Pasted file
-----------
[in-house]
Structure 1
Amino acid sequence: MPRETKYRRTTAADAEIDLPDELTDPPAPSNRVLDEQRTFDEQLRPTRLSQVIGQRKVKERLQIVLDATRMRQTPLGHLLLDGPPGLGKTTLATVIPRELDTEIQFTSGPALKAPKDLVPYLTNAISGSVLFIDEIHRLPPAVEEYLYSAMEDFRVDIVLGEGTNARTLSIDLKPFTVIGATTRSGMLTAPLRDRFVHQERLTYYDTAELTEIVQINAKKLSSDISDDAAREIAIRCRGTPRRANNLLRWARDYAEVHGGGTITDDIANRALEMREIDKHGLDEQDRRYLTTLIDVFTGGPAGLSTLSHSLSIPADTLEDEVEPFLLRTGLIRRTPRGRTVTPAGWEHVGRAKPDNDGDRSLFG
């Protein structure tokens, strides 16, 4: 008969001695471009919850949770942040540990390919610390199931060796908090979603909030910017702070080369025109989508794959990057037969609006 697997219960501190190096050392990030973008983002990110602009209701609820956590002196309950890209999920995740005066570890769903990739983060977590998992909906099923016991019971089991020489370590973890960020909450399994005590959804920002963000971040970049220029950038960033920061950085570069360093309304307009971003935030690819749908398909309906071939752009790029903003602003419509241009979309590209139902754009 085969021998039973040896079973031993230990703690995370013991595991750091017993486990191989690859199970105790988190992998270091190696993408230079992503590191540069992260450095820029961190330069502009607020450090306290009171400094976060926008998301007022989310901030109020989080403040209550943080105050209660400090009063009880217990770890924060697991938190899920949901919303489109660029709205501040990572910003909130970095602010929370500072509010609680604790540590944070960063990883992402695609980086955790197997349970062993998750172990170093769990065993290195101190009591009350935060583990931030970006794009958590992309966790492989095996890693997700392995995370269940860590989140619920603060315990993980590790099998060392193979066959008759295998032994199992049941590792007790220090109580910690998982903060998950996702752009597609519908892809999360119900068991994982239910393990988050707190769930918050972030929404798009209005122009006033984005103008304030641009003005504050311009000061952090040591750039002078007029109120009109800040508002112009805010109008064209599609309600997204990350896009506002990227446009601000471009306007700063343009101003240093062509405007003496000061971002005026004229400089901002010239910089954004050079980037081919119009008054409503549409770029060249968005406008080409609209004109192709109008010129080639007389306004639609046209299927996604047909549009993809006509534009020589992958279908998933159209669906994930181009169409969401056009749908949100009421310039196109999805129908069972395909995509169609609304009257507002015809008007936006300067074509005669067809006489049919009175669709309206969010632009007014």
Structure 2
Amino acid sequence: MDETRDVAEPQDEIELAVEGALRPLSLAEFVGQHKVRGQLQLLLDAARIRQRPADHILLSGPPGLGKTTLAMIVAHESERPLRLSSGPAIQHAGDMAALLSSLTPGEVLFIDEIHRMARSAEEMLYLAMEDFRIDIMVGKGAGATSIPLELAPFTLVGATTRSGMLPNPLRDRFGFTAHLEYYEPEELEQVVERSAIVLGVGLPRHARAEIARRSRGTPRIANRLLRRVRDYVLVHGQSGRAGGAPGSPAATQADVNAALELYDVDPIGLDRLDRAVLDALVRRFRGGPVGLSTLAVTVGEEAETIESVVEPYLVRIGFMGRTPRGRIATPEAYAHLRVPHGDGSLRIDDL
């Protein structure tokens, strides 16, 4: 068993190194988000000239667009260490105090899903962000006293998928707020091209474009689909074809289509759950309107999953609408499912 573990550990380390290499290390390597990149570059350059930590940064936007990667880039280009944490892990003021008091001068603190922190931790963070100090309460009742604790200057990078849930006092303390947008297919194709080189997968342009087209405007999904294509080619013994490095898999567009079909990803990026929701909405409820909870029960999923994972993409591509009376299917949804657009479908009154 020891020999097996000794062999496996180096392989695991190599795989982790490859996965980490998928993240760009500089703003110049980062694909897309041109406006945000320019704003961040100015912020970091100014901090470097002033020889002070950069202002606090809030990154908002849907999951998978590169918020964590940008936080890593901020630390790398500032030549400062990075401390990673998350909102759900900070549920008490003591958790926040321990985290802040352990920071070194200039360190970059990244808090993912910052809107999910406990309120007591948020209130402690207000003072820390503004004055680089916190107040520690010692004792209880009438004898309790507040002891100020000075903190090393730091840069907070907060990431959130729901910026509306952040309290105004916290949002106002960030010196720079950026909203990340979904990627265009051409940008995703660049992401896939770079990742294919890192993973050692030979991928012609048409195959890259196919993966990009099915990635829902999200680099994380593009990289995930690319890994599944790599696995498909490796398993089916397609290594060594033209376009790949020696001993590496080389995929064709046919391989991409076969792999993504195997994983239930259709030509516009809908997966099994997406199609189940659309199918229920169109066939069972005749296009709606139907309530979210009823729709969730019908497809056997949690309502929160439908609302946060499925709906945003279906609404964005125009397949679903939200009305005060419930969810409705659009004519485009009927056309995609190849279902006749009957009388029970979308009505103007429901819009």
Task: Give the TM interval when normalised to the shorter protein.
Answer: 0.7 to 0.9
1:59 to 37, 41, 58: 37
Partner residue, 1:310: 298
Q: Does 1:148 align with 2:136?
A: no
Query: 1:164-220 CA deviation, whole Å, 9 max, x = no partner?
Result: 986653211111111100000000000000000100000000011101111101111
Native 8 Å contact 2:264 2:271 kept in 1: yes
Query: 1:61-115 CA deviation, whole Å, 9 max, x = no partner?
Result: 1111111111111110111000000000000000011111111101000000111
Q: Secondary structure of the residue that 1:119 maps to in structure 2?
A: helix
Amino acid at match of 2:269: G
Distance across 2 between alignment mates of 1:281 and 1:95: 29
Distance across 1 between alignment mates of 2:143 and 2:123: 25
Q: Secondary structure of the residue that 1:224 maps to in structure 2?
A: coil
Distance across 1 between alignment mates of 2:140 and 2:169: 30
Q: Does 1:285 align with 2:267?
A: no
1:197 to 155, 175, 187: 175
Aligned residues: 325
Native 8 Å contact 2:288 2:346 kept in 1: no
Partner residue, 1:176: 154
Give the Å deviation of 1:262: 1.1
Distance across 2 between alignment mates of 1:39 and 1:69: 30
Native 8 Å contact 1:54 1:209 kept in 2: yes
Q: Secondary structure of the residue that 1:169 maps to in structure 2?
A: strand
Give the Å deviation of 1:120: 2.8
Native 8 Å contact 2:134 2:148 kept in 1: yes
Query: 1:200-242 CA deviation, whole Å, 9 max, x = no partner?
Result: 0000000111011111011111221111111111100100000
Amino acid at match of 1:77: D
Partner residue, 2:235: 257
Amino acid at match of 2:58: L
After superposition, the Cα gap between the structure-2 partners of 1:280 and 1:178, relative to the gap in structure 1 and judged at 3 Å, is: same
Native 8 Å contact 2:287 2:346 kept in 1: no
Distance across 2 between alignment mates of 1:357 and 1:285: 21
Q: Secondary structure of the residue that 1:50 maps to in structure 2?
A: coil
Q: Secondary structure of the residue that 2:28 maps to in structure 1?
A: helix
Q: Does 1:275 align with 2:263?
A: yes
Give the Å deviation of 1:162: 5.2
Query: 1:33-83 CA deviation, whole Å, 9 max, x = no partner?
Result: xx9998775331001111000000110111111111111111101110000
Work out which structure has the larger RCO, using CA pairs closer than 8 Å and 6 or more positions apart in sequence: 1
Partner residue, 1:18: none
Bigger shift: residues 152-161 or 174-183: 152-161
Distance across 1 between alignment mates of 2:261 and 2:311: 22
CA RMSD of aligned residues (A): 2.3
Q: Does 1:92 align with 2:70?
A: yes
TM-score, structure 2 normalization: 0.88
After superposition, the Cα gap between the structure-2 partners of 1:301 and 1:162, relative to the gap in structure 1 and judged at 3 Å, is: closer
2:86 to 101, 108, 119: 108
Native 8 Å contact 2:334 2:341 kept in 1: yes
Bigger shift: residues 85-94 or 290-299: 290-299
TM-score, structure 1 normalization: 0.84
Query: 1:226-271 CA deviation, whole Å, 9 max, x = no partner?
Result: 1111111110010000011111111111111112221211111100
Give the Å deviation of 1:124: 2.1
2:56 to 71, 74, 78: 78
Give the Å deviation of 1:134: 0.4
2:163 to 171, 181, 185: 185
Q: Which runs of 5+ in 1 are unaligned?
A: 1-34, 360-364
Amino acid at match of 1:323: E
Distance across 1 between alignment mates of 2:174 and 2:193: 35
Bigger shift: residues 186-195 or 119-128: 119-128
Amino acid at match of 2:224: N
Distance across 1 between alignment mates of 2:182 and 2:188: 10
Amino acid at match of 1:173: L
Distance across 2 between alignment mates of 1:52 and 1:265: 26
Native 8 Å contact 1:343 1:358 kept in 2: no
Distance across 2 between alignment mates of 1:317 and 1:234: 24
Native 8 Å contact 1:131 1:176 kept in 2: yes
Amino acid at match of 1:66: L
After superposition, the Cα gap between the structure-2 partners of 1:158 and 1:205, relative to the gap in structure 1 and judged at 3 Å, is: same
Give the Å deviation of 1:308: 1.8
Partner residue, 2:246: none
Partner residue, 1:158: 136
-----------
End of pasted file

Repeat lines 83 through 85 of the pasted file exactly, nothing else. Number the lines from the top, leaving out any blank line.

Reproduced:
Amino acid at match of 1:173: L
Distance across 2 between alignment mates of 1:52 and 1:265: 26
Native 8 Å contact 1:343 1:358 kept in 2: no